It seems like every year the folks at EA Sports arrive at E3 with a ton of promises for their upcoming iteration of FIFA. Sometimes those promises are bigger than others, and other times they are minute in terms of the grand scheme of things.
For FIFA 15, however, it appears that the power of the next-gen consoles has helped the developers refine the series’ gameplay and presentation into arguably the most realistic soccer experience yet. It may not feature the most revolutionary new features or modes (EA Sports has yet to say much about that), but as far as a nice leap forward FIFA 15 certainly looks the part.
Visually, EA Sports has been able to improve on the character models from FIFA 14 in some key ways. Players now more closely resemble their real life counterparts both in facial detail and body make-up.
One of the key areas the devs highlighted as part of their FIFA 15 presentation included the way players’ bodies look lean and muscular instead of awkwardly bulbous like in past years. Granted, it’s a small change, but one that helps up the realism when looking at players run on the pitch.
Taking things a bit deeper, FIFA 15 also includes a new emotional intelligence system whereby players react to each other based on certain parameters. Say, for example, a goalie lets in an easy goal. Then, his teammates will react with disappointment, shaking their heads in disapproval. Or, if a player gets a red card then their teammates will show similar disappointment while the opposing team will cheer the referee’s decision. Again, this is a very slight change, but one that further reinforces realistic on-field play.
Speaking of the field, FIFA 15 will now have the most realistic pitch yet. With the game’s new living pitch system, the field will degrade over time, showing wear and tear from players consistently running back and forth across it. Moreover, the blades of grass will actually react to player contact, whether it be a slide tackle or a goalkeeper diving.
But, perhaps FIFA 15‘s biggest changes deal with contextual tackling and the game’s improved dribbling system. For tackling, players will no longer push the ball way out in front of them in a challenge, but will instead try to keep it close enough to collect post-tackle. For years FIFA fans have maligned the way slide tackles usually result in the ball racing 5 yards away, and the EA Sports devs have finally presented a solution.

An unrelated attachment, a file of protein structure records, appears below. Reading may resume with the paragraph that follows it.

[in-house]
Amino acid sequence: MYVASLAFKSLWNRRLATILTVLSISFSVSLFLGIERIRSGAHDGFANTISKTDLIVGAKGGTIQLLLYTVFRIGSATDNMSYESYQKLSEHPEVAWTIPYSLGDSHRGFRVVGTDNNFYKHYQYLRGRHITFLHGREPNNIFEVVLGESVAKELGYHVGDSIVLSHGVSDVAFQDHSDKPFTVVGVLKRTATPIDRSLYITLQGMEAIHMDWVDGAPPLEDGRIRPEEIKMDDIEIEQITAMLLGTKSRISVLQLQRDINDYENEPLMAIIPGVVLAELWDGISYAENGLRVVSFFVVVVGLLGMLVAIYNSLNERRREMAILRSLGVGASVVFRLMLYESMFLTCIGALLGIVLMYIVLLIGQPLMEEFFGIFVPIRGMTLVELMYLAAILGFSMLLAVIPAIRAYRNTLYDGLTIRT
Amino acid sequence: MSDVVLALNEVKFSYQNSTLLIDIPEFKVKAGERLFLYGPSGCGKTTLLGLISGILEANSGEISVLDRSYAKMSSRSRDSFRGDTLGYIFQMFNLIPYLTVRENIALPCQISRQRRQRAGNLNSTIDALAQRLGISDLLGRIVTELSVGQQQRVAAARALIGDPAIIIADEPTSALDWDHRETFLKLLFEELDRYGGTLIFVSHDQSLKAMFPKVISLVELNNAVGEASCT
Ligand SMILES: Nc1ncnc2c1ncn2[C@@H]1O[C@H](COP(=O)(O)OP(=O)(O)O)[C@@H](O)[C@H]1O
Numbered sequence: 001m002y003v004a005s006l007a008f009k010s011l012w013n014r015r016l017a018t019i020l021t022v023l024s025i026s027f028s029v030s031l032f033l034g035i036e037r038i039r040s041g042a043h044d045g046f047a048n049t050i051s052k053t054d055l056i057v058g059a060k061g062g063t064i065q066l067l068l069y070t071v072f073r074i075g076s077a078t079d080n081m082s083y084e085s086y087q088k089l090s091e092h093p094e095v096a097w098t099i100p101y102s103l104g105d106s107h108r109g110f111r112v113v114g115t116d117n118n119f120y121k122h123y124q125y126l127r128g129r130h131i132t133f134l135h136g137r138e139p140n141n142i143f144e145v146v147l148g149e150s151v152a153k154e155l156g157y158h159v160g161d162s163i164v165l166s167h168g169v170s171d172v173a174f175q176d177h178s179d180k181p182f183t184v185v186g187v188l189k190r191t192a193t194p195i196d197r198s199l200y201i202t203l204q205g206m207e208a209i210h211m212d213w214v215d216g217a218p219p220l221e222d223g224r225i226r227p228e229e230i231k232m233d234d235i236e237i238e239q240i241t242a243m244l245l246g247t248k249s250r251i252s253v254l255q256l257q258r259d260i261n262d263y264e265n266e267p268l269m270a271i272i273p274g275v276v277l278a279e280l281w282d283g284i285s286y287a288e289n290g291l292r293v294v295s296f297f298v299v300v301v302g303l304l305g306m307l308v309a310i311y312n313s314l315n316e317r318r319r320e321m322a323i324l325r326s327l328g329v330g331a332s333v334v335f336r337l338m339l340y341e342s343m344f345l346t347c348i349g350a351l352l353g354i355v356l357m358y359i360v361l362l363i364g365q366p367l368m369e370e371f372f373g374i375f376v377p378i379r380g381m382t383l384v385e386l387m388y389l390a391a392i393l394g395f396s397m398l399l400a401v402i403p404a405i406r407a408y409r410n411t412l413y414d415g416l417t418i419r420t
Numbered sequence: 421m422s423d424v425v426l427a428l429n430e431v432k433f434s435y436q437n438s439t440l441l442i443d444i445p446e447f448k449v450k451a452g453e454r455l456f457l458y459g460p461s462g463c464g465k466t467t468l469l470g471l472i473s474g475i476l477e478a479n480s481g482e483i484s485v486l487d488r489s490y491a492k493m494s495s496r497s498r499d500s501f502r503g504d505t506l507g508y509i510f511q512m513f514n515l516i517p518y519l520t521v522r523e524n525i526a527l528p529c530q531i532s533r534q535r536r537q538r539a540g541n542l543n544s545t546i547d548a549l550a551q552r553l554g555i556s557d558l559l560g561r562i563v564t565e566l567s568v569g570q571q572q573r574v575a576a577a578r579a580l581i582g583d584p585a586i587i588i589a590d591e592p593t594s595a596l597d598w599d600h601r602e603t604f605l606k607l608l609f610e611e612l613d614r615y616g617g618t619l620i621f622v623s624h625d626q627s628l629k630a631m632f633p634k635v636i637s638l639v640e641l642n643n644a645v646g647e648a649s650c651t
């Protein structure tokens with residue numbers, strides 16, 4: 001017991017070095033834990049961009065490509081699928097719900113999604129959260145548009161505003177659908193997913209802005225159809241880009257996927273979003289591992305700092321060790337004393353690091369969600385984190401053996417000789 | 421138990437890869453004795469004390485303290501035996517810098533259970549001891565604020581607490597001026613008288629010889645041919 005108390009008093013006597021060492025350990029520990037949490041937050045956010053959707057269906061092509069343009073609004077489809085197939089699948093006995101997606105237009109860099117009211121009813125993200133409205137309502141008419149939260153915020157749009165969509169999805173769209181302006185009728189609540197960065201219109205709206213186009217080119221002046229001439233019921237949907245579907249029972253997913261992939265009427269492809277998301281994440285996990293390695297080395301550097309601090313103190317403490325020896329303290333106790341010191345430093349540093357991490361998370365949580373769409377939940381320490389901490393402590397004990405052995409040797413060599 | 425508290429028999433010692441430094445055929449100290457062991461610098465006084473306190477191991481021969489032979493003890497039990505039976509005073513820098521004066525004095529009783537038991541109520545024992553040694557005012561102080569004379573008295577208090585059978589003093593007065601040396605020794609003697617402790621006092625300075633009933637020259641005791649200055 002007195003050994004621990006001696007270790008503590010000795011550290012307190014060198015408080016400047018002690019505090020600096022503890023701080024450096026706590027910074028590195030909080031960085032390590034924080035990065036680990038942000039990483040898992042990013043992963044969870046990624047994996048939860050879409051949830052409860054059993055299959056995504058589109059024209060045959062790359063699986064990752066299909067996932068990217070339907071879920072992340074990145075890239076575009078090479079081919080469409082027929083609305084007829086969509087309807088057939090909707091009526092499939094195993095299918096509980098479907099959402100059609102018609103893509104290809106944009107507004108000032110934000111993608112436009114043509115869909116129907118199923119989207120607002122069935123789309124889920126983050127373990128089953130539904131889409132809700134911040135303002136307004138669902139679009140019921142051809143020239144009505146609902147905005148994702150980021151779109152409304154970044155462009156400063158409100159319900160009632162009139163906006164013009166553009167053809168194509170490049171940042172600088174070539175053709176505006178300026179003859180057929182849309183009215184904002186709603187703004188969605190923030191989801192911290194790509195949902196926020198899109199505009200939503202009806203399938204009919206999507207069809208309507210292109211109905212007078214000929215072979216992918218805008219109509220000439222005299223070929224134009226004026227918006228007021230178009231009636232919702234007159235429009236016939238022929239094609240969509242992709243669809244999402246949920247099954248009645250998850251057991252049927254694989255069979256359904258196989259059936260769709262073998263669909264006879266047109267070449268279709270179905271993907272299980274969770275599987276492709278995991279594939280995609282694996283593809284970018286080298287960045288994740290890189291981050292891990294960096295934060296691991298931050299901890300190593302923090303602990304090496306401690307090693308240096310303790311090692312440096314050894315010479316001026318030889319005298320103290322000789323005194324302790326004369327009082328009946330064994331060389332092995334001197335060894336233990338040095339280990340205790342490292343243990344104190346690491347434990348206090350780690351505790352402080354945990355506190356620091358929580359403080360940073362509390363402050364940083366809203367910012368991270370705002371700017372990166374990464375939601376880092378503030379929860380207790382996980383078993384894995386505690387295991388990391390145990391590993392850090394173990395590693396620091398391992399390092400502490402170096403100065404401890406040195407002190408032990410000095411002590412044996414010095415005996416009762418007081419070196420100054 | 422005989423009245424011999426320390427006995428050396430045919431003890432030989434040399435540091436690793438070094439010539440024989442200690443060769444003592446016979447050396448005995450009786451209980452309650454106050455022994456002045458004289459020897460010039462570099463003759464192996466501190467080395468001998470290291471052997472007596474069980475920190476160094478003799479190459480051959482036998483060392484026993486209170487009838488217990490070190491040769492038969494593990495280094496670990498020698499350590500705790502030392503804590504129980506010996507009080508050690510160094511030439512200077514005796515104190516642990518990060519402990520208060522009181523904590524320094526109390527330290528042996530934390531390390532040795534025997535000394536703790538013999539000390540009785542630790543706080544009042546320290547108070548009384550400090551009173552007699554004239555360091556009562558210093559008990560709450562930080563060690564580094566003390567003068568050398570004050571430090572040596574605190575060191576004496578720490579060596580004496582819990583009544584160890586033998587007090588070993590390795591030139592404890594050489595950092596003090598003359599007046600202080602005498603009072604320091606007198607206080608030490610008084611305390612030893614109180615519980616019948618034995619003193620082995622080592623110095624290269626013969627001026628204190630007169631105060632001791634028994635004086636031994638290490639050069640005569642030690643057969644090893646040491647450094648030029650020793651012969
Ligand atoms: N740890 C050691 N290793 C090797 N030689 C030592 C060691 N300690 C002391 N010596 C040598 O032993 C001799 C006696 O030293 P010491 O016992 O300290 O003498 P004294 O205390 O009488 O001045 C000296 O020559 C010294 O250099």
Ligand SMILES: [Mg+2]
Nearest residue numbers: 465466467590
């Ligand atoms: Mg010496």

The improved dribbling for FIFA 15 favors a players’ skill set and strong foot now more than ever, giving each a different dribbling style. Lionel Messi, for example, will now favor light taps with his left foot, as he is prone to do in real soccer matches. And as a result gamers will now have greater control over their players’ movements, but also the game will look much closer to real life.
After a quick rundown of the game’s new features, we finally went hands-on with the game to see how these changes would impact actual play. For the most part, the FIFA 15 experience resembled FIFA 14, but the tackles and dribbling were noticeable improvements. It was easier to predict how to play a ball on defense, and striking on offense delivers a greater sense of control.
At the end of the day, though, it’s hard to determine whether FIFA 15‘s key changes, or at least those on display for our E3 2014 demo, are enough to set it apart from the pack. The game certainly plays and looks better, but we’d have to see what modes are available and how the game evolves over time to better evaluate whether this is a must-buy for fans. For now, however, EA Sports appears to be on the right track.
What do you think of the new features for FIFA 15? What else would you like to see EA Sports add to the game?
FIFA 15 releases September 23, 2014 for PC, PS3, PS4, Xbox 360, and Xbox One.
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